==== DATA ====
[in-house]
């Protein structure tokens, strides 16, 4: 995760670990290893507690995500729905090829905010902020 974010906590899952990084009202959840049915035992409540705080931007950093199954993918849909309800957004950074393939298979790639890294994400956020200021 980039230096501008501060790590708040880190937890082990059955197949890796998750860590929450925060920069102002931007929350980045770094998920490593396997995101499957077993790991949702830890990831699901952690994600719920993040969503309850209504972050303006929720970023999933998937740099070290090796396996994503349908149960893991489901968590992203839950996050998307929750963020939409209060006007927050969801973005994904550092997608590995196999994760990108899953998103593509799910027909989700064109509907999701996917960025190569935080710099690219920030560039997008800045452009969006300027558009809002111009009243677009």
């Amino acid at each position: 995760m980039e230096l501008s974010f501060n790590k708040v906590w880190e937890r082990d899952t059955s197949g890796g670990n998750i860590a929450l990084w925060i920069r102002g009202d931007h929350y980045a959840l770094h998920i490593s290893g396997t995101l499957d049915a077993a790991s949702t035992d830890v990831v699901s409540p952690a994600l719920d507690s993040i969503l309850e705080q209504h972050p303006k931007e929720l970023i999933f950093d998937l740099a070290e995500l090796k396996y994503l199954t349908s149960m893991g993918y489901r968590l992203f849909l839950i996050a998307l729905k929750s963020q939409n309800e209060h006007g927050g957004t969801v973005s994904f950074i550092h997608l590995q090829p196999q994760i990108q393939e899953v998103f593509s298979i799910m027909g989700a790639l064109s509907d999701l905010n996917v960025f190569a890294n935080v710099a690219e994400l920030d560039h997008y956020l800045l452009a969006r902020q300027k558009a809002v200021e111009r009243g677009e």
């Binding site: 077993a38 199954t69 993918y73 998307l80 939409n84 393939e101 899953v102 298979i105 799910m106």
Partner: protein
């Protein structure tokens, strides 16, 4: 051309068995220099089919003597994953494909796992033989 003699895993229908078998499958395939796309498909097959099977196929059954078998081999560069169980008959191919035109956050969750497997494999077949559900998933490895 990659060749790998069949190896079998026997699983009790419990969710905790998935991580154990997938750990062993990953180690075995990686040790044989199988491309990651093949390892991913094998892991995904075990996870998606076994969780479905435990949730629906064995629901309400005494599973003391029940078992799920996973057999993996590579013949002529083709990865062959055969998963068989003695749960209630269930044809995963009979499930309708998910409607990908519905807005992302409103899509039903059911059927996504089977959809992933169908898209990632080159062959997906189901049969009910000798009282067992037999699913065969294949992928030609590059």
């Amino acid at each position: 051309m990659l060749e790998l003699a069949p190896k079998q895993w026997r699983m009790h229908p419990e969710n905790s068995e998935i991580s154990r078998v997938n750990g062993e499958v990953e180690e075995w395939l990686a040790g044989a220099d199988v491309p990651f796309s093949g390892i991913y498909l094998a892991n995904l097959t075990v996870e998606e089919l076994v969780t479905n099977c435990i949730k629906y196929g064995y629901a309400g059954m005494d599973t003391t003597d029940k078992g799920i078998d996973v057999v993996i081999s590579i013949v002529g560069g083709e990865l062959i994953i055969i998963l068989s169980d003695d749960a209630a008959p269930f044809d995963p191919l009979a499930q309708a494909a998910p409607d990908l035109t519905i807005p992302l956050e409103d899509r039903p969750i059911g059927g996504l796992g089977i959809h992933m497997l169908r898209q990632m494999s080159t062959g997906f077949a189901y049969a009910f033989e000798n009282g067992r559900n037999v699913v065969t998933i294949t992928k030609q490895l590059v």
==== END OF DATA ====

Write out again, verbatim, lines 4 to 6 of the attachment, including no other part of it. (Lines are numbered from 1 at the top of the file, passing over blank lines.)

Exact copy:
């Binding site: 077993a38 199954t69 993918y73 998307l80 939409n84 393939e101 899953v102 298979i105 799910m106």
Partner: protein
């Protein structure tokens, strides 16, 4: 051309068995220099089919003597994953494909796992033989 003699895993229908078998499958395939796309498909097959099977196929059954078998081999560069169980008959191919035109956050969750497997494999077949559900998933490895 990659060749790998069949190896079998026997699983009790419990969710905790998935991580154990997938750990062993990953180690075995990686040790044989199988491309990651093949390892991913094998892991995904075990996870998606076994969780479905435990949730629906064995629901309400005494599973003391029940078992799920996973057999993996590579013949002529083709990865062959055969998963068989003695749960209630269930044809995963009979499930309708998910409607990908519905807005992302409103899509039903059911059927996504089977959809992933169908898209990632080159062959997906189901049969009910000798009282067992037999699913065969294949992928030609590059």